Insulin production consists of a series of interdependent events involving movement of precursors from one organelle to the next and their proteolytic conversion. The underlying hypothesis of this Project is that structural domains of insulin and its precursors are implicated in each of these steps. Other domains will be equally important once insulin is released from the B-cell, being responsible for biological activity and, ultimately, degradation by target tissues. The longterm goals of this study are to: a) characterize each step in insulin production and pinpoint defects responsible for abnormal insulin production in given diabetic states; b) study the interplay between human and mouse insulins in transgenic mice in order to understand better the impact of bioartificial insulin delivery on B-cell function.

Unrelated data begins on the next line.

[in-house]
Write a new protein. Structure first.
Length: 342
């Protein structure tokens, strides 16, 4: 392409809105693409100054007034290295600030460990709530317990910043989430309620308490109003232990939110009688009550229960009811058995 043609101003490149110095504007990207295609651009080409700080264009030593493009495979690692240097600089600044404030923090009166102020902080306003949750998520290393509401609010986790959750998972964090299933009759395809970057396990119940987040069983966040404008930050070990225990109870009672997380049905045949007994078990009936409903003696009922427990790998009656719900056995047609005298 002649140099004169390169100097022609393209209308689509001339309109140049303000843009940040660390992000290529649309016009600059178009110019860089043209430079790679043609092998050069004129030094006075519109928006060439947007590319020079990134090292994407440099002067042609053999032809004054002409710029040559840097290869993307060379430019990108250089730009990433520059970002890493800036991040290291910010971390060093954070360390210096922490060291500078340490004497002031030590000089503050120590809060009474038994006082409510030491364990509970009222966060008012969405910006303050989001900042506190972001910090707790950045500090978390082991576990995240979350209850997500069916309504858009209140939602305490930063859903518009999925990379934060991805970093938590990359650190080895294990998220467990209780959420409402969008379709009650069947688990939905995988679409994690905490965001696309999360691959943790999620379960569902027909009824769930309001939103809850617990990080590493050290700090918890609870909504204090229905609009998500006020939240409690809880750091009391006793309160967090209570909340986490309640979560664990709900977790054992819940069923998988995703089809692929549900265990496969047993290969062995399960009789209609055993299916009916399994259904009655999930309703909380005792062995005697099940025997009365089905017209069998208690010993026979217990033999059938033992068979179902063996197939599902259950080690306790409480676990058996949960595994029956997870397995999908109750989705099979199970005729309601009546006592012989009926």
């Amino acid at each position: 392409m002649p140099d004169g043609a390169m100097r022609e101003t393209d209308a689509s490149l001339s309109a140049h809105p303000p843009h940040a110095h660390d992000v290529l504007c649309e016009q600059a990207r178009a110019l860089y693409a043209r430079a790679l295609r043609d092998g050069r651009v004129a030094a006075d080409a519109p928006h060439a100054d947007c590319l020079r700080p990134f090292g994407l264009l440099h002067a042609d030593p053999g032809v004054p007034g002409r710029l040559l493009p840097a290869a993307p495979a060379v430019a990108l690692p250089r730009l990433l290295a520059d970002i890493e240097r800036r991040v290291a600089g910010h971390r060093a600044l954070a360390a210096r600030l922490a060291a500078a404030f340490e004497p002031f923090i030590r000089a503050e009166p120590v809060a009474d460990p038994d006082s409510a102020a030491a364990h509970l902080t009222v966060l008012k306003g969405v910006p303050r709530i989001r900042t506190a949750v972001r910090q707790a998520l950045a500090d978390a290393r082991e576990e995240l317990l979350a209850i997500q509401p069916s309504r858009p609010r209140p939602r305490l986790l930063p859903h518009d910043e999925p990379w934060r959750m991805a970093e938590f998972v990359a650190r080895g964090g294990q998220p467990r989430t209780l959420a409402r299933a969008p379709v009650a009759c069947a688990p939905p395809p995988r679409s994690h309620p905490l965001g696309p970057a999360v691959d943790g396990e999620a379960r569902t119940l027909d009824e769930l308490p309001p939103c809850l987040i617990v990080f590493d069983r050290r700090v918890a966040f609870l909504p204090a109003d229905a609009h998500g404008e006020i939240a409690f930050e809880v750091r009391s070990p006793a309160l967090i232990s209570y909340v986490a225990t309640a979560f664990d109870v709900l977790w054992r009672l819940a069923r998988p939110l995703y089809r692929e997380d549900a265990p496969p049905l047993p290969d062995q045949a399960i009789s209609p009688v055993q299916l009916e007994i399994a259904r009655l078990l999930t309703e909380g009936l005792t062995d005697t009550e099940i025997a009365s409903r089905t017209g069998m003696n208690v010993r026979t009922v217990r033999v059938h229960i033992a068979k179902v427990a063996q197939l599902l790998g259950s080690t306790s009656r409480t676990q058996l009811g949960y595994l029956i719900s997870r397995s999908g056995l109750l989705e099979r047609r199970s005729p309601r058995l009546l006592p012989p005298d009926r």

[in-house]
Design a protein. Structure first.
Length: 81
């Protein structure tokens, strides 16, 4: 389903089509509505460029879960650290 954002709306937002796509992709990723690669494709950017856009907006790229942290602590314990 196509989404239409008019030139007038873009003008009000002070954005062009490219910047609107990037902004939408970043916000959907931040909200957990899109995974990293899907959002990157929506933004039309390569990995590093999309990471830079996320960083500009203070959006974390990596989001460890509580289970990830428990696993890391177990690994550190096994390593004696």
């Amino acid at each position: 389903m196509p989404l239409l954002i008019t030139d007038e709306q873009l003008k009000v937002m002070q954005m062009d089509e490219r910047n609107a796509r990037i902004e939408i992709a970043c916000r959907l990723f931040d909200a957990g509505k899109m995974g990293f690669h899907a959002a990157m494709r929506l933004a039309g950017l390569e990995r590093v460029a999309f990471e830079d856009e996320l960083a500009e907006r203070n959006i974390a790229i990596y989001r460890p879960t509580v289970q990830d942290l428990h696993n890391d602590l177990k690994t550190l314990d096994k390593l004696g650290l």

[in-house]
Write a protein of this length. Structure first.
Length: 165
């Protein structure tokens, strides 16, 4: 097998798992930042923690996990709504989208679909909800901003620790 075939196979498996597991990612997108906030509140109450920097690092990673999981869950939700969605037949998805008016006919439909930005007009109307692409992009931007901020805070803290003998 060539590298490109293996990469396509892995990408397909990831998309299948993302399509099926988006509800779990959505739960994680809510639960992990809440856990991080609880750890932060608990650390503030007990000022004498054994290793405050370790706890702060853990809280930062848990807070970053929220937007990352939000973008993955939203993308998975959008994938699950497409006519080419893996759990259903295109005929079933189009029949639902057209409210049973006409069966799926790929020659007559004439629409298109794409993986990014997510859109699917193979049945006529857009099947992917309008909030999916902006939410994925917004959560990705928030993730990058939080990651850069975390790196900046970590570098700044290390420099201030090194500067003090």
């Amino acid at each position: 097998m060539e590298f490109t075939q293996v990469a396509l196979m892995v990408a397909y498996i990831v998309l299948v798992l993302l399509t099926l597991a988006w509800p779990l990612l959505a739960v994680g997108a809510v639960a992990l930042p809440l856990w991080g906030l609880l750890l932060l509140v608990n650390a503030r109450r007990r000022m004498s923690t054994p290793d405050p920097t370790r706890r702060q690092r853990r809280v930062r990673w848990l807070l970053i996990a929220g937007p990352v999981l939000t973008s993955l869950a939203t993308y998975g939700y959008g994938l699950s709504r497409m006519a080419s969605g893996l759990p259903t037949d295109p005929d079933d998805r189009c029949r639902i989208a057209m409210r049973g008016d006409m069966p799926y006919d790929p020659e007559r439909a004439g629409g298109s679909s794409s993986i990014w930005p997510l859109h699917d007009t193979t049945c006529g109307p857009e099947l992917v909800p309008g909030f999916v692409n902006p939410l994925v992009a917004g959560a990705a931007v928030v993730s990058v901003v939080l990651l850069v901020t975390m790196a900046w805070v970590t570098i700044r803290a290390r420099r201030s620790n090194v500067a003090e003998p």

The specific aims for the next 3 Year Period are: 1. How is proinsulin transported from the RER to the cis-Golgi? The effects of inhibitors on localization (immunocytochemistry) and chemistry of proinsulin in rat islet B-cells will be evaluated. Brefeldin A inhibits RER-Golgi transfer but allows the reverse movement of molecules (regurgitation from the Golgi). NEM (N-ethylmaleimide) prevents fusion of transport vesicles with their target organelle. Cyproheptadine leads to accumulation of material in dilated cisternae of the RER. 2. Which proinsulin domains are involved in targeting from the trans-Golgi to granules and in recognition by the conversion endoproteases? Proinsulin conversion/release will be studied in transfected AtT20 (pituitary corticotroph) cells. Studying expression of mutant genes will show whether the altered domain is involved in targeting or conversion. 3. Can proinsulin be converted (or partially converted) if released via the constitution pathway? FAO (hepatoma) cells will be transfected with the proinsulin gene. Since these cells do not express the regulated pathway, all proinsulin must be handled by the constitutive pathway. HPLC analysis of products synthesized and released by transfected FAO cells will show whether any conversion arises in this pathway. 4. Why is rat proinsulin I converted to insulin more rapidly than proinsulin II, and is there any difference in the biological activity of the two rat insulins? The rate of conversion of proinsulin to conversion intermediates (split proinsulins) and of intermediates to insulin will be studied in rat islets. The affinity of the rat insulin receptor for the two insulins will be measured, and the kinetics of receptor-mediated degradation followed. 5. Is newly synthesized proinsulin/insulin really released in preference to older, stored, insulin, or is the phenomenon merely a reflection of B- cell heterogeneity? B-cells will be separated from non-B-cells by flow cytometry and further sorted into metabolically active and inactive subpopulations based upon NAD(P)H autofluorescence. Rates of release of new (labeled) and old insulin will then be followed from the two subpopulations. 6. How is human insulin synthesis regulated in transgenic mouse B-cells, and what is its impact on endogenous insulin production and metabolism? Rates of synthesis and release of human and mouse insulins, as well as their biological activity, will be compared in transgenic mice expressing human insulin in their B-cells.
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